Bruce Ratner is the real estate mogul behind Barclays Center in Brooklyn, where the NBA’s Nets play and where the New York Islanders are expected to play one day.
This week, we learned a few things from Ratner about the Isles: That they’re expected to remain in the dilapidated Nassau Coliseum until at least 2015; that he expects they’ll play a few games on Long Island even after they relocate boroughs; and that he was selected by Nassau County to privately fund the redevelopment of the Coliseum, which could one day house the AHL’s Bridgeport Sound Tigers, the Islanders’ minor league affiliate.
That is, if it doesn’t still house the Islanders for years to come.
That’s the theory by Tom Van Riper of Forbes, at least: That a scaled-down, renovated Coliseum as the centerpiece of a community development plan is “enough to make you wonder if a deal is bound to be struck at some point to keep the Islanders at home.”
Seriously. After all the Lighthouse Project wars and Brooklyn talk, the theory is the Islanders would remain on Long Island, because their future landlord is going to re-imagine their current land.
The thinking is that if Ratner’s plan for the Coliseum, which is currently for a 13,000-seat venue, matched the 15,000-seat capacity of the Brooklyn arena, would the Islanders still want to move?
It’s certainly possible that Ratner, a real estate guy more than a sports guy, wants to do the minimum arena needed to secure development rights to the surrounding area. Still, with Ratner now securing a major chunk of the cost needed for an NHL arena, experts say it’s certainly feasible that a deal could be worked out in which Islanders’ owner Charles Wang , or the Nassau taxpayers (or both), kick in the rest.
“Ratner can say to Wang, who is not a real estate guy, ‘hey, you couldn’t get your arena, now I got most of it’,” says Dan Rascher, president of SportsEconomics, a consultant that has worked with the NHL among other major sports leagues and properties. Any Wang offer would probably need to reflect the cost efficiencies that Ratner would lose by separating the teams and losing the 40 nights (plus preseason and playoffs) the Islanders would bring to the Barclays Center.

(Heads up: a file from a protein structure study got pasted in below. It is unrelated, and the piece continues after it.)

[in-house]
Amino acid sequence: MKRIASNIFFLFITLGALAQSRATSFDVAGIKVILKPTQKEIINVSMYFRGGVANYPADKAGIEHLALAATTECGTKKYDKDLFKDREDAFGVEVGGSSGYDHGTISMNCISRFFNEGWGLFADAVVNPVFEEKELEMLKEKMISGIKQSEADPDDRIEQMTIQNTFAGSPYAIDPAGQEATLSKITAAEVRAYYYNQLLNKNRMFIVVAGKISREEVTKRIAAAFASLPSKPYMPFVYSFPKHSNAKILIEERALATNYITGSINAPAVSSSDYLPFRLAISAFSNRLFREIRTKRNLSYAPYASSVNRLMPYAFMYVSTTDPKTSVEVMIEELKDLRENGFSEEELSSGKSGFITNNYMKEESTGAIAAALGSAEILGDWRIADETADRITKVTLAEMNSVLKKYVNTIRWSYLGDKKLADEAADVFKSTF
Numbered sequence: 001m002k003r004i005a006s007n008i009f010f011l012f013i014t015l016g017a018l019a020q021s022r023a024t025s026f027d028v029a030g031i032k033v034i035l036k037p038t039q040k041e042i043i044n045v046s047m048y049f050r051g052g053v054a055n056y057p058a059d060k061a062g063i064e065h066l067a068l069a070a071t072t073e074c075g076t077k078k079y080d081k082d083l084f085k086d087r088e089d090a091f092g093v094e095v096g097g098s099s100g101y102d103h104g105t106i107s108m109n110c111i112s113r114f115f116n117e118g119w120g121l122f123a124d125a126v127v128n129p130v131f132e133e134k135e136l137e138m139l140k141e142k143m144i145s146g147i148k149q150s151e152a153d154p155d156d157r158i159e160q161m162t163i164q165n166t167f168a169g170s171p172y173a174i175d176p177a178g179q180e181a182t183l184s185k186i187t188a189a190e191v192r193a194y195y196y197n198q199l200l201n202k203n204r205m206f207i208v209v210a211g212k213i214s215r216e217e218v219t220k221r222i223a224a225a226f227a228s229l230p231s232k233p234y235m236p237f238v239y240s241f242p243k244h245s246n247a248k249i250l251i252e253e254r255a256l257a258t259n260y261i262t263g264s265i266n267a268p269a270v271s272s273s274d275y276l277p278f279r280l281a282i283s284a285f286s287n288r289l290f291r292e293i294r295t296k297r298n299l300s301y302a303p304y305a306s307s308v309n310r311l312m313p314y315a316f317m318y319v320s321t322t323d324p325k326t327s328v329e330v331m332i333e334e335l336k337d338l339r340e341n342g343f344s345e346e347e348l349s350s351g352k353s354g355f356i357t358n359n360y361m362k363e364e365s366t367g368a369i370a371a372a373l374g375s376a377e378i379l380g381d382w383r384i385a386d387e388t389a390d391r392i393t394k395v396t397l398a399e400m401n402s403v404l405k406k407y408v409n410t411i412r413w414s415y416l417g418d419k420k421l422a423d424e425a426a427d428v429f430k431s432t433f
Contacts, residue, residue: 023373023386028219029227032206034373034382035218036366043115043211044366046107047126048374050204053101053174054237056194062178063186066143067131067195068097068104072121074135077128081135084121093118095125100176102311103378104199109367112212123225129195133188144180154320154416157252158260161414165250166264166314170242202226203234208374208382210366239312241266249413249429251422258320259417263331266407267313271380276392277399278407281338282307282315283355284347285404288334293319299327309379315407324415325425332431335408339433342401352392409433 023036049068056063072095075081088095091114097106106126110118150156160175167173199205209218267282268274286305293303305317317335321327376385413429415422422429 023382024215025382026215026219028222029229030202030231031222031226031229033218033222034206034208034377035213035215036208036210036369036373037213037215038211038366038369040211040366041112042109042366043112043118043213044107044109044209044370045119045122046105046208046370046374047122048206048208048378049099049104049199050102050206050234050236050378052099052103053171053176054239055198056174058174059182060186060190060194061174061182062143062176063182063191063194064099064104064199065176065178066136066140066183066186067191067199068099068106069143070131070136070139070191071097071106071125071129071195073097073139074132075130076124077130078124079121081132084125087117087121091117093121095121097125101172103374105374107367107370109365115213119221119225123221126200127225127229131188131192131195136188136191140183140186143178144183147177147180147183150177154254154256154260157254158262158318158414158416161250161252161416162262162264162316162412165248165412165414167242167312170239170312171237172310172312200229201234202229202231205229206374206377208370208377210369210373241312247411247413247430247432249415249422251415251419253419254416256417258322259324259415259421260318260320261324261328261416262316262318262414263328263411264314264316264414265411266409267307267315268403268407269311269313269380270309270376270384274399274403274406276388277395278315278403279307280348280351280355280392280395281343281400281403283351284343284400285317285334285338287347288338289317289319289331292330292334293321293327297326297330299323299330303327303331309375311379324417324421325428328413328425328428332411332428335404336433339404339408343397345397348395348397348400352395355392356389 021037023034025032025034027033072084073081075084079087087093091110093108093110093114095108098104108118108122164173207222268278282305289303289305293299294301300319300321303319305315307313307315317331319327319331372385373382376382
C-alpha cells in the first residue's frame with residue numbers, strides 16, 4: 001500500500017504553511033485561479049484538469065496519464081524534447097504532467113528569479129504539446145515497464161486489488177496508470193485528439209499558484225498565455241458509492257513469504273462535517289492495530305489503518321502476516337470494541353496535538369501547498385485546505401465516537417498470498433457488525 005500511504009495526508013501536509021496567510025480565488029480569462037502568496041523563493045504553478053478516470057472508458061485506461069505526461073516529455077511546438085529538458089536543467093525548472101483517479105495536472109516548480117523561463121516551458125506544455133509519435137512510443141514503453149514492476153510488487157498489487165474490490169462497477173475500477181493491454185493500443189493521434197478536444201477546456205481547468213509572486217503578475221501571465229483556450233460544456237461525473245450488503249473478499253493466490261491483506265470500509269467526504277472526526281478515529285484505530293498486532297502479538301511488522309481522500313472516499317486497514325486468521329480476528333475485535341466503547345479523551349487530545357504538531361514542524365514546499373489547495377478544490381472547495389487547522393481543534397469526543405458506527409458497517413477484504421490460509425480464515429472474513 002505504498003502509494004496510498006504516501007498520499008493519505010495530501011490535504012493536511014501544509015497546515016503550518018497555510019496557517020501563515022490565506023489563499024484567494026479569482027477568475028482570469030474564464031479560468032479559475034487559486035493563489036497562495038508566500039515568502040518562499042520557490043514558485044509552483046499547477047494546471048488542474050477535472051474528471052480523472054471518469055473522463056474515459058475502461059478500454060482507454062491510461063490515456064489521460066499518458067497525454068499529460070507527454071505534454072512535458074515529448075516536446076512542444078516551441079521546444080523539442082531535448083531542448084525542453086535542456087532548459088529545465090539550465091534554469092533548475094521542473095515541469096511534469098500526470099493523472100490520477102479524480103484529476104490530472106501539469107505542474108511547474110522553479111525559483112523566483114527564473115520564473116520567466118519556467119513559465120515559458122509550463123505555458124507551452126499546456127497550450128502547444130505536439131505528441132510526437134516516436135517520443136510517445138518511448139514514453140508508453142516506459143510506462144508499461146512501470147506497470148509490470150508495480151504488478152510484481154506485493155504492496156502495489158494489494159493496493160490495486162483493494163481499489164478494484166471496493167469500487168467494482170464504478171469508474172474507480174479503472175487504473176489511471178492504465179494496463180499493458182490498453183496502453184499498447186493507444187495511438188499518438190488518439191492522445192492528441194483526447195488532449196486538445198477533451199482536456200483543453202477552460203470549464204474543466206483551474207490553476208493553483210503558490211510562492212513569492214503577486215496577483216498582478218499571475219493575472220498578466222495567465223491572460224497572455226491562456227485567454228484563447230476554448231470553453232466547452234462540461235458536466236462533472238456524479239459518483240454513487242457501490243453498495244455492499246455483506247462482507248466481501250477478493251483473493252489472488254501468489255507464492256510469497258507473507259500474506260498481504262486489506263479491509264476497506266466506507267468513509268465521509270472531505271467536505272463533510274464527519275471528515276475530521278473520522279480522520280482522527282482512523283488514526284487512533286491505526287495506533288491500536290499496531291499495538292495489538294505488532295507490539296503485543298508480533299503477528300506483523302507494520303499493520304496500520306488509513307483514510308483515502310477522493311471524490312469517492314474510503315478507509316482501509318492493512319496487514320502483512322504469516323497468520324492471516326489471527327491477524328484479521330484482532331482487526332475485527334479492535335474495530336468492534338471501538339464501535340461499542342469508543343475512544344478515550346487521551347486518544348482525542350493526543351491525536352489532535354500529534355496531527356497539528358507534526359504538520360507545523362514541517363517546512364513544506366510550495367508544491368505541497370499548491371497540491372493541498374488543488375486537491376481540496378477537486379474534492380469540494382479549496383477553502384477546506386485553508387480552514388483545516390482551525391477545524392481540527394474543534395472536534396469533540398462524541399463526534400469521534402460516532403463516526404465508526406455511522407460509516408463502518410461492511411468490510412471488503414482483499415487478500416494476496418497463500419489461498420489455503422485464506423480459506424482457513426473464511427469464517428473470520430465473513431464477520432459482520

But Rascher points out that the revenue side is typically better for a club playing as a solo act in its building, starting with sponsors that pay more for signage in that setting. And a suburban location means lots of cars and parking fees that benefit your bottom line, not subway and railroad fares that benefit the Metropolitan Transit Authority’s.
There’s also this aspect of the Islanders’ move, via Lighthouse Hockey:
Ratner on lessons from Barclays: Six percent of attendees to Nets games come from Nassau County. 10 percent of attendees to its concerts come from Nassau. "So we've discovered it's a different demographic" and there is a need for a concert venue here [on Long Island].
There’s no question that if the Islanders move to Brooklyn, a number of fans who attend games at Nassau aren’t moving with them – despite the timing of the relocation likely being around when the team is going to be a contender. They’ll have to cultivate new fans, and that’s a daunting task.
So this Forbes theory preys on the insecurities of building an audience in Brooklyn and the nostalgic yearning to make Nassau work. That Ratner’s winning bid could be a significant step to keeping the team there is others play ball.
That said, Charles Wang sounds like a guy who intends to bring his team to Brooklyn.
(s/t Wayne Brown)